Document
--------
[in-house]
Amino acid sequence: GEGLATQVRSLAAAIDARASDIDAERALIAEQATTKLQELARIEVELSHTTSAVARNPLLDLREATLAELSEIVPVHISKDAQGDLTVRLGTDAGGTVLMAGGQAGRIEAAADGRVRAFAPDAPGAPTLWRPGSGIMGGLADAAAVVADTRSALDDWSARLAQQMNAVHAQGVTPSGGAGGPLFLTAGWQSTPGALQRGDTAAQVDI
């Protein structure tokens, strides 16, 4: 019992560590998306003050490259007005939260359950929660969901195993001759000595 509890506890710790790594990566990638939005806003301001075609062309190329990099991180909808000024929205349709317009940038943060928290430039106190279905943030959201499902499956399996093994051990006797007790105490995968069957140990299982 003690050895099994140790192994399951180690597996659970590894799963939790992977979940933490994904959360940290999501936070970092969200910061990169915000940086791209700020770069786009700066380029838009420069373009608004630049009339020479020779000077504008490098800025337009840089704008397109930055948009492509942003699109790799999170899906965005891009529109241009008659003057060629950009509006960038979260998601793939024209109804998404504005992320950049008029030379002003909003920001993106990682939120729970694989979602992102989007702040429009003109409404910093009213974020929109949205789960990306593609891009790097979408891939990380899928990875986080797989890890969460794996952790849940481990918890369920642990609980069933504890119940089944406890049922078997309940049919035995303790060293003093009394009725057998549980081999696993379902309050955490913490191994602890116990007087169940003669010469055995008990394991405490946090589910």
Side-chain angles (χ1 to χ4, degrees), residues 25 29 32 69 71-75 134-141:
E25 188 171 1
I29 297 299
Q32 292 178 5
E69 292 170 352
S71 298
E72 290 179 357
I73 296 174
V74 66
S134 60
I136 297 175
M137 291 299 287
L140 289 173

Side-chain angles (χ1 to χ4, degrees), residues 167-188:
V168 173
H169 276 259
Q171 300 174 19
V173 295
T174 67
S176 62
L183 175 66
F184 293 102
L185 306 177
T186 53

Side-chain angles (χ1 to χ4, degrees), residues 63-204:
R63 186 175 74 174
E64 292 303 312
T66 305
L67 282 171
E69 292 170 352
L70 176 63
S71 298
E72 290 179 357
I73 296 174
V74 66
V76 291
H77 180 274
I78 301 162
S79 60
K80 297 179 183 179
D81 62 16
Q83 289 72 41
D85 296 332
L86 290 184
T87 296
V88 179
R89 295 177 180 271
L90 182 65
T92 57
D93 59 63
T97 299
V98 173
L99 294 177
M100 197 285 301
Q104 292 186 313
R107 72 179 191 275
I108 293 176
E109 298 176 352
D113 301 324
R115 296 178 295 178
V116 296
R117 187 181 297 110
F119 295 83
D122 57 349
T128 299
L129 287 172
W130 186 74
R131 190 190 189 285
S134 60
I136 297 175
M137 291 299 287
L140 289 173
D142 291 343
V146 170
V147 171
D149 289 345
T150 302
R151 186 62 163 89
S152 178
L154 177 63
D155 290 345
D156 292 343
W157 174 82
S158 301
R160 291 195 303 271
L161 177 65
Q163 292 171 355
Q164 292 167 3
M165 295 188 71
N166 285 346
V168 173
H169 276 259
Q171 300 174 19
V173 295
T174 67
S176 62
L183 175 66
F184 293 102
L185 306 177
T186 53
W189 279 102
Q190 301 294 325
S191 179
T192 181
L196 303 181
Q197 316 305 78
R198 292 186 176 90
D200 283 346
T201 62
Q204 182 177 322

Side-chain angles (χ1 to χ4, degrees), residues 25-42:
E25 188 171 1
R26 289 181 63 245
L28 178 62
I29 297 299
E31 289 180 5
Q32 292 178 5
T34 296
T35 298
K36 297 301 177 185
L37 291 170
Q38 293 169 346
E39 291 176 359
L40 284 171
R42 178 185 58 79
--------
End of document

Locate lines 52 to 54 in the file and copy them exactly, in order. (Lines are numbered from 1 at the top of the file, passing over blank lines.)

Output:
T92 57
D93 59 63
T97 299